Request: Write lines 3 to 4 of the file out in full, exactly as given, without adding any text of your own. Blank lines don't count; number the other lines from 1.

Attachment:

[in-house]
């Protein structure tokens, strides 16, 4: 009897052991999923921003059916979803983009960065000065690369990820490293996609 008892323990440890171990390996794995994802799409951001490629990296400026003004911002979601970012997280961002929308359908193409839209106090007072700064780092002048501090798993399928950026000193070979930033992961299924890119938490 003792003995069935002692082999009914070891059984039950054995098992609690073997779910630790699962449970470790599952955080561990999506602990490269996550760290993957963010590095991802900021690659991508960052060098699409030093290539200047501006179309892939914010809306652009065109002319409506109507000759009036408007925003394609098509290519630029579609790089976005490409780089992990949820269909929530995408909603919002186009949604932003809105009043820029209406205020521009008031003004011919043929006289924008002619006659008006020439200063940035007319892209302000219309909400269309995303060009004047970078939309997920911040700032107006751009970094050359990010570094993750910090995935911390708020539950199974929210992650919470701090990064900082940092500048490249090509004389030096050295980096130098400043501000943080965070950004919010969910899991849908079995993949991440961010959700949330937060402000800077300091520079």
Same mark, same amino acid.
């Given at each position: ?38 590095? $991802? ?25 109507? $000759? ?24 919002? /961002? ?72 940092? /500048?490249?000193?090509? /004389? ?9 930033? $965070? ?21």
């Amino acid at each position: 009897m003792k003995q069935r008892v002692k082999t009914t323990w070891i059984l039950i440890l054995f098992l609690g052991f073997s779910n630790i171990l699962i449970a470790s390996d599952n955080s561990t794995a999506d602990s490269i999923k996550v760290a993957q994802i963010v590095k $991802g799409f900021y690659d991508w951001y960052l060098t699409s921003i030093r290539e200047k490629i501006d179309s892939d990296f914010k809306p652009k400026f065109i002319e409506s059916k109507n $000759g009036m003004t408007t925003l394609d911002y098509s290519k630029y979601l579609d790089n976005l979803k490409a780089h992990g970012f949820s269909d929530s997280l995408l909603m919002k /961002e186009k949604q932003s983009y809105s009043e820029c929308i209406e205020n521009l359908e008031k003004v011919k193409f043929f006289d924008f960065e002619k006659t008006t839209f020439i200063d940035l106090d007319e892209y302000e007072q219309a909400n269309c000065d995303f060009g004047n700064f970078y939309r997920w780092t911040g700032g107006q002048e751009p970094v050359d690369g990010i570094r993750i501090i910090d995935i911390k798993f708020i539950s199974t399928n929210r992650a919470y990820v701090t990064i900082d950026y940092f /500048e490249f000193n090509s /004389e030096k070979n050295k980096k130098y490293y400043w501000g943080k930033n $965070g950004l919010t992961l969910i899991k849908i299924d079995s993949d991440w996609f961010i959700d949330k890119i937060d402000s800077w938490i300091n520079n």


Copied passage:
Same mark, same amino acid.
């Given at each position: ?38 590095? $991802? ?25 109507? $000759? ?24 919002? /961002? ?72 940092? /500048?490249?000193?090509? /004389? ?9 930033? $965070? ?21």